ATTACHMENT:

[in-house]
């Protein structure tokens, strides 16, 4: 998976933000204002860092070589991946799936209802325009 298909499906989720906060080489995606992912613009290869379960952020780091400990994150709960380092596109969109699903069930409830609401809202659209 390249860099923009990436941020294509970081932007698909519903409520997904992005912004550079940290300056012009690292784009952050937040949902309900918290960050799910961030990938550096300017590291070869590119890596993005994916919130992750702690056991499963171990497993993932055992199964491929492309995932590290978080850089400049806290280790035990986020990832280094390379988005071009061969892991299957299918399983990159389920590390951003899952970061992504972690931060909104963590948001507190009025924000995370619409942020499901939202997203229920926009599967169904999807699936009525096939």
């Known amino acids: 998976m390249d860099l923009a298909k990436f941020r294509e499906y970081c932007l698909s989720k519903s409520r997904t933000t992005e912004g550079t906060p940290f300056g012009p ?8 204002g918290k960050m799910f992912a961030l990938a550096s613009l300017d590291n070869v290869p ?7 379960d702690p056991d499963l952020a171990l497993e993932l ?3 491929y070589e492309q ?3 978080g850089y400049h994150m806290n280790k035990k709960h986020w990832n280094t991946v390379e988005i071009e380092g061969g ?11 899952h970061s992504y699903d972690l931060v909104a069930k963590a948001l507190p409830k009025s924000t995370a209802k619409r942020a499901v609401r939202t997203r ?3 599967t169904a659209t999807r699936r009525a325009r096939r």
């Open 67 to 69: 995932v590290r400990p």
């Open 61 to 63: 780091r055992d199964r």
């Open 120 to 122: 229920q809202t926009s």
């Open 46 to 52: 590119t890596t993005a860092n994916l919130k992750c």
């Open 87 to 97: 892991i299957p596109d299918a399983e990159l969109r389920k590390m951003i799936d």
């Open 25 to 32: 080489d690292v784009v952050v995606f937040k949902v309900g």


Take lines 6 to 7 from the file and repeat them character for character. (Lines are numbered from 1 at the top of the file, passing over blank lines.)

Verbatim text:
């Open 120 to 122: 229920q809202t926009s």
């Open 46 to 52: 590119t890596t993005a860092n994916l919130k992750c």